Why Some Stars End Life In A Bang
By studying the events that precipitate gas explosions on Earth, a team of researchers led by Texas A&M University associate adjunct professor Alexei Poludnenko may have uncovered why some stars, known as white dwarfs, end their lives by detonating violently in a supernova explosion.
Although the conditions within these stars are vastly different from those on Earth, the researchers have shown in the November issue of Science that the basic mechanisms that set off detonations in stars are similar to those that trigger terrestrial explosions. Consequently, their findings might help in taking preemptive steps to avert explosion-related accidents and also advance novel propulsion and energy conversion systems here on Earth.
For this study, the researchers developed a theory of detonation initiation in gases based on the concept of turbulence, simply defined as a chaotic and rapid motion of parcels of air or liquid. In an ignited gas, turbulence can rapidly mix unburned fuel with hotter products of burning. As a result, the rate of burning and energy release is vastly accelerated.
“Turbulence action in these flows is similar to what happens when we add cream to coffee. Left alone, the cream takes a long time to mix with the coffee,” said Poludnenko, associate adjunct professor of aerospace engineering in the Department of Engineering and associate professor of mechanical engineering at the University of Connecticut. “But if we stir it with a spoon, we can cause turbulence; so, the motion of the spoon forces the cream and coffee to move faster, greatly accelerating their mixing.”
To investigate if turbulence could be a reason why volatile gases detonate, the research team designed an experimental setup consisting of a 1.5 meter-long channel with a spark plug installed on one end. Along the length of the chamber the researchers positioned perforated plates at different carefully chosen locations. The plates were designed to promote turbulence in a flammable gas mixture. After igniting the gas, researchers measured the speed of the resulting flame, along with the pressure generated by it, at different locations along the chamber.
Poludnenko and his team observed that the experimentally-induced turbulence within the chamber caused the flame to become unstable, accelerating rapidly and creating shock waves that traveled much faster than the speed of sound. As their theory predicted, these shock waves grew in strength and sped up the rate of burning even more, eventually causing a detonation.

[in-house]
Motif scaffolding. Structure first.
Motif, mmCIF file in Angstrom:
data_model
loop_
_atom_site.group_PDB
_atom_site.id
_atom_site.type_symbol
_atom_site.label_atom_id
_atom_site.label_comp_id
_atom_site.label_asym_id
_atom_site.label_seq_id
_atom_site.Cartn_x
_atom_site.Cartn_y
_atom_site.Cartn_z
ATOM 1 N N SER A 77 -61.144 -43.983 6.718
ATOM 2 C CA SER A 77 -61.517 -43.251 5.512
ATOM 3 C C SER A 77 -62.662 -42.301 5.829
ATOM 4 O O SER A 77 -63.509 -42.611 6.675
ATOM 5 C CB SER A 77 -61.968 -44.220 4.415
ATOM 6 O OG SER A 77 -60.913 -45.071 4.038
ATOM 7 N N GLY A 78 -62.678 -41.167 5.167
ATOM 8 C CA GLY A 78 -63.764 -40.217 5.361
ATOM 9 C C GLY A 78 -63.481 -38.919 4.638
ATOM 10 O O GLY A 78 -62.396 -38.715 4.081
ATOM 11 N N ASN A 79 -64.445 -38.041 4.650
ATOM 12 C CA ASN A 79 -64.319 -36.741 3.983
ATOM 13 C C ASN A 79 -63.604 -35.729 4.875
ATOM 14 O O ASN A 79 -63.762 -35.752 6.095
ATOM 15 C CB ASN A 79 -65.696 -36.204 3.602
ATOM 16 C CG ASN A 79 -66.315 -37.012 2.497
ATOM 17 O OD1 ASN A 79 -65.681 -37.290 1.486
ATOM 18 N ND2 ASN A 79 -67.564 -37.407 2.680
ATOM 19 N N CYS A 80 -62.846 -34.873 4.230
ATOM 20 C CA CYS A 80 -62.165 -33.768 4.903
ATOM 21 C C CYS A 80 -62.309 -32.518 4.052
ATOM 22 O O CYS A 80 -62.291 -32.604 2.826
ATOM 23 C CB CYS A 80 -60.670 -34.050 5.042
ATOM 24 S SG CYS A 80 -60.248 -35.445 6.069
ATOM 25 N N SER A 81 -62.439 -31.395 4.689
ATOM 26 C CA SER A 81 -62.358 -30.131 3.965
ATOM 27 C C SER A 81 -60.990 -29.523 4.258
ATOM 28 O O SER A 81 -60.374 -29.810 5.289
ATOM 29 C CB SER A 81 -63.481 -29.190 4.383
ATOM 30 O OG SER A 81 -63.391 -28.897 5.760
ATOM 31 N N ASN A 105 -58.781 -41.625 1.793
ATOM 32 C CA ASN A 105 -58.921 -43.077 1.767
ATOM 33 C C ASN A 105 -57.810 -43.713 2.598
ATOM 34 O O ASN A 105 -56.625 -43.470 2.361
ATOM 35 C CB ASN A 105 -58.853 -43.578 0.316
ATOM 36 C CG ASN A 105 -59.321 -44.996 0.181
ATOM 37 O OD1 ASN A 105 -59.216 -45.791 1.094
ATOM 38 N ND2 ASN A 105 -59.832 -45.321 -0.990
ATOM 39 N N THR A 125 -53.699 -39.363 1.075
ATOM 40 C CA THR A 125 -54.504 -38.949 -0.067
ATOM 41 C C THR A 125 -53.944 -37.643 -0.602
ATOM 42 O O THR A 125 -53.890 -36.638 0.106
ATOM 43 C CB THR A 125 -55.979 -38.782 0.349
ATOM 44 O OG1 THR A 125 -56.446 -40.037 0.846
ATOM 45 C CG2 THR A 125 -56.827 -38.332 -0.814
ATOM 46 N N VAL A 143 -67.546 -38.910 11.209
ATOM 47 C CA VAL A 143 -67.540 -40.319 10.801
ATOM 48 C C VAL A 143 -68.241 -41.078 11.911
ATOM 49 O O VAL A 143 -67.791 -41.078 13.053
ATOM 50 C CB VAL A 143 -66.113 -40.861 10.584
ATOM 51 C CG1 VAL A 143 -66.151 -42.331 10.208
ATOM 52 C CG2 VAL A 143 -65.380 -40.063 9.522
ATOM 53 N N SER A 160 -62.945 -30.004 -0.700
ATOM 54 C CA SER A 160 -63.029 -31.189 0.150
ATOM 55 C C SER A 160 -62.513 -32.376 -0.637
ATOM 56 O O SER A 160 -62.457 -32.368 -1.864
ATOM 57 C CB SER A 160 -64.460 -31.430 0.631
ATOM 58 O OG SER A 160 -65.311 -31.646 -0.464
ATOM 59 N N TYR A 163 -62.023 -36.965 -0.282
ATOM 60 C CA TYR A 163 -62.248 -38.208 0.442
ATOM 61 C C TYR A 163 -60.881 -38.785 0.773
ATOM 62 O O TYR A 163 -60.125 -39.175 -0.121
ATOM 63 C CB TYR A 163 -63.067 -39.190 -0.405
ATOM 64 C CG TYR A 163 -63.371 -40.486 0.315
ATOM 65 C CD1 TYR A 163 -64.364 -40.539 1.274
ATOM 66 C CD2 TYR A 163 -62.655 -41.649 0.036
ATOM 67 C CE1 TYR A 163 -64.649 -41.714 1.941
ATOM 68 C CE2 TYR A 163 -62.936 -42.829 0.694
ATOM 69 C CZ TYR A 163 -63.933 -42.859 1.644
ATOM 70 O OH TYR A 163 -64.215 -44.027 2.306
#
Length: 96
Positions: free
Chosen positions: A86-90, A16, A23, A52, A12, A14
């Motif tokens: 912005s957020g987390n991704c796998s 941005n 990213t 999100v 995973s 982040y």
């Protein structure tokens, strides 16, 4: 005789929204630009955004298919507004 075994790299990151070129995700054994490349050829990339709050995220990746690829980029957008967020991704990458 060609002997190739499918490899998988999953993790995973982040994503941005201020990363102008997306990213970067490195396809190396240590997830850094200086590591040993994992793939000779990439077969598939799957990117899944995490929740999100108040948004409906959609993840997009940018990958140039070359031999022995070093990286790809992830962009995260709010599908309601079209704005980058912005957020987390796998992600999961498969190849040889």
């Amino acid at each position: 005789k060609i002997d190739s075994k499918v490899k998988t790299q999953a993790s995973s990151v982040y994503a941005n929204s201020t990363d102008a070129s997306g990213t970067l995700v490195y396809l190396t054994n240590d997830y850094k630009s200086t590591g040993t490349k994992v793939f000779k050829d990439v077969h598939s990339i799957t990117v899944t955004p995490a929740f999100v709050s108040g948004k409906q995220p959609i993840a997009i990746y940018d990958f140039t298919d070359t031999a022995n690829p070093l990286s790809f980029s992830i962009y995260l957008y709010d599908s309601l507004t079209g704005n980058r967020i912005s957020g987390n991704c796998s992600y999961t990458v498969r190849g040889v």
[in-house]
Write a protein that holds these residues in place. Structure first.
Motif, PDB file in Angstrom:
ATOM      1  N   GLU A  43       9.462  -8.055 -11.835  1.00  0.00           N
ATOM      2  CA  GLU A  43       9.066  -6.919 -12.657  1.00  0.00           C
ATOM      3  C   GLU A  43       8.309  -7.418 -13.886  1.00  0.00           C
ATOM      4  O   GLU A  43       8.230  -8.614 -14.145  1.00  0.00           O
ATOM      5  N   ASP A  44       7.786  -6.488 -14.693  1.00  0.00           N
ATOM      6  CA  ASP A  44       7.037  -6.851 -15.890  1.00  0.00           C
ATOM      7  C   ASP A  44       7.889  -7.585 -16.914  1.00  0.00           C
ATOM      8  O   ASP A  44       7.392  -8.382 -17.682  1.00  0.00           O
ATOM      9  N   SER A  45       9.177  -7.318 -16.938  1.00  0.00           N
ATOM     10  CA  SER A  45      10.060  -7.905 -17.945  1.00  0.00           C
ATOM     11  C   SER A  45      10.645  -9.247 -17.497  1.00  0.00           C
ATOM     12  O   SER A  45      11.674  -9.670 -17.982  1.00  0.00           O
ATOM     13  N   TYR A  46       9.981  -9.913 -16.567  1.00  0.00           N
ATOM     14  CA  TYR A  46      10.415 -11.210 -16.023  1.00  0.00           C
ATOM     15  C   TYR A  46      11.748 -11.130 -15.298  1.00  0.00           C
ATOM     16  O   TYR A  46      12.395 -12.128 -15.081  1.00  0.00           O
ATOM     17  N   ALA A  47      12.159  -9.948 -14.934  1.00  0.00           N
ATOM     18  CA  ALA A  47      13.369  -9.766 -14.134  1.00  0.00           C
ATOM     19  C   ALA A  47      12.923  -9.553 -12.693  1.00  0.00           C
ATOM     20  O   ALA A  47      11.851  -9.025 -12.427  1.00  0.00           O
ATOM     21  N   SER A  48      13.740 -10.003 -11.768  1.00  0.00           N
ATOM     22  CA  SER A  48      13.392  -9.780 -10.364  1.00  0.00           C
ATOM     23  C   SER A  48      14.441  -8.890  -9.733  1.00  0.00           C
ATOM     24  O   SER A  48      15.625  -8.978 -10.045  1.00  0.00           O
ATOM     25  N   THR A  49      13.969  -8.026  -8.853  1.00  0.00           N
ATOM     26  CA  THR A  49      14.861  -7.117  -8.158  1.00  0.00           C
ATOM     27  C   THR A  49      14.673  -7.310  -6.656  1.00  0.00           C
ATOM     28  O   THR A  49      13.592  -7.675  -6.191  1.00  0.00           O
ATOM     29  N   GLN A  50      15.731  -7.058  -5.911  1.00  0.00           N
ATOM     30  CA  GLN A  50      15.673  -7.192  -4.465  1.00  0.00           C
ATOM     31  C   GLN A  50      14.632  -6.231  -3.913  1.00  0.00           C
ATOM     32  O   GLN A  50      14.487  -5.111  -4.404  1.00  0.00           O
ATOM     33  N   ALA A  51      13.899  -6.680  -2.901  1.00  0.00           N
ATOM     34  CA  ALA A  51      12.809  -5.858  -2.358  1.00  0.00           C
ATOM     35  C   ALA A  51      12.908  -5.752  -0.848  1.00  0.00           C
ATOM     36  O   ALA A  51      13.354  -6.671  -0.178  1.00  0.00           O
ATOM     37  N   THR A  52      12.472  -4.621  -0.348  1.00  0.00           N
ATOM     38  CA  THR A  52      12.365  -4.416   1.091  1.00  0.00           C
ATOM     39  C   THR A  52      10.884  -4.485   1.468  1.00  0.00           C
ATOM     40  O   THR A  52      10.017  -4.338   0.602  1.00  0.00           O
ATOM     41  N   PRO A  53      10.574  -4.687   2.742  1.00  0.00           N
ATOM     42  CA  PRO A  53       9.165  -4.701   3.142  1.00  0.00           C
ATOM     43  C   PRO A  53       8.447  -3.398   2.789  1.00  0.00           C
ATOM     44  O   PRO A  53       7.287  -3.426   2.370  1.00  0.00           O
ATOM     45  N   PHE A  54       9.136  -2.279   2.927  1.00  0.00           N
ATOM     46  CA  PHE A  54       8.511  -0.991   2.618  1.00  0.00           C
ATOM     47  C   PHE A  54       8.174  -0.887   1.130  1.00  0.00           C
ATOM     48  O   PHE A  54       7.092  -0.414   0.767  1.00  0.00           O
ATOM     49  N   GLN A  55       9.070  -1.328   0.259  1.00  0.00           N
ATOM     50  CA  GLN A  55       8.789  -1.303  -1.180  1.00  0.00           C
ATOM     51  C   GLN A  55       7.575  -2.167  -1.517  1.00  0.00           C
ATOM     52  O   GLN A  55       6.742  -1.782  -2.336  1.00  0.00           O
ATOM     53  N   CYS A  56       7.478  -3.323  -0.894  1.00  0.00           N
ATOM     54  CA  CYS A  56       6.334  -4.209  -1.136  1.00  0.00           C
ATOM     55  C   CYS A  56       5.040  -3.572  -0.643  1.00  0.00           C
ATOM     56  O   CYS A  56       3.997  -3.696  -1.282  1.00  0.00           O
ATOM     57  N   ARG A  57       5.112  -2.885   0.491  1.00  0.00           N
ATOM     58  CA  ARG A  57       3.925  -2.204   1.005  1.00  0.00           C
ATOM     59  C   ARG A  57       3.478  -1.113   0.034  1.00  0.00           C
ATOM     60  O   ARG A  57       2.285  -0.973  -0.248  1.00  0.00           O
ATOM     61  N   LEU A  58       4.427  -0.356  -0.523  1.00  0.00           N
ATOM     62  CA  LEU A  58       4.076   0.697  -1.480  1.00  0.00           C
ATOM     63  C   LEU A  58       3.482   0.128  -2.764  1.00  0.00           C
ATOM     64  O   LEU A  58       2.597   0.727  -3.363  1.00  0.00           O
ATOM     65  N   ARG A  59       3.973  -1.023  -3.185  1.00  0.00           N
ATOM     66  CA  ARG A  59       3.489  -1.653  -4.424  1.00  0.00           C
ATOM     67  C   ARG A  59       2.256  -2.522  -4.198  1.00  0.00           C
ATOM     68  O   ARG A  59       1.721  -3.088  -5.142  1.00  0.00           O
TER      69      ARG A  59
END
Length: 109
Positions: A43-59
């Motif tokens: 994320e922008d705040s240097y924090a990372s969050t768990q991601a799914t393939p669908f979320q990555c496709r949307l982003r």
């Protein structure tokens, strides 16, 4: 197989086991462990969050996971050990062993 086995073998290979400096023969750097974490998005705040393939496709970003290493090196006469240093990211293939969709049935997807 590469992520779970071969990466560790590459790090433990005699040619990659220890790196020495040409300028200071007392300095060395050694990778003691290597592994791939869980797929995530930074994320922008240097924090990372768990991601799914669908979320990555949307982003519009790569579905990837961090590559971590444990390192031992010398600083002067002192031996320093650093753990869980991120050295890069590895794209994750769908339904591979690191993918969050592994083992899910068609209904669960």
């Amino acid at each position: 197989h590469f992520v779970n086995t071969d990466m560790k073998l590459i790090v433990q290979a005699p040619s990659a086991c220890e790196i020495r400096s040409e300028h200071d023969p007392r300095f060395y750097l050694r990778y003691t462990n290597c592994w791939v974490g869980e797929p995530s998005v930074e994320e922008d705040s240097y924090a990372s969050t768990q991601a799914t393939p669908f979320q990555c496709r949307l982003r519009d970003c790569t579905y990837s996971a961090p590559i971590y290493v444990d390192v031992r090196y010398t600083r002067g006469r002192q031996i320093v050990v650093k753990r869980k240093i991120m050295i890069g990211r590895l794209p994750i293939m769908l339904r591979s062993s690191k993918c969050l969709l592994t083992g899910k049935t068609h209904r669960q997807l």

Since their theory described gas detonations well, the researchers next investigated if the same theory could also explain stellar explosions, that is, the detonation of material undergoing nuclear fusion inside white dwarf stars. Upon simulating the turbulent conditions in the blistering core of these stars, Poludnenko and his team found that their theory predicted that much like the events leading up to gas explosions, turbulence can also cause supersonic shockwaves within the star. These waves force the star to chew through its nuclear fuel vigorously, triggering a massive detonation that ultimately blows up the star within a few seconds, producing an explosion capable of outshining the entire galaxy.
Poludnenko noted that while their findings have numerous applications in cosmology and astrophysics, their work also has important applications on Earth as well.
“We’d like to use our theory to predict why and when explosions on our planet will happen,” he said. “If we can accurately calculate the propensity for detonations in industrial settings, for example, we can fine-tune our safety procedures and hopefully circumvent major catastrophes.”
Other contributors to the research include Jessica Chambers and Kareem Ahmed from the Department of Mechanical and Aerospace Engineering, University of Central Florida; Vadim Gamezo from the Naval Research Laboratory, Washington, D.C.; and Brian Taylor from the Air Force Research Laboratory in Florida.
This work was supported by grants from the Energy, Combustion and Non-Equilibrium Thermodynamics Portfolio of the Air Force Office of Scientific Research in the areas of turbulent combustion and detonation, NASA, and the Alpha Foundation for the Improvement of Mine Safety and Health.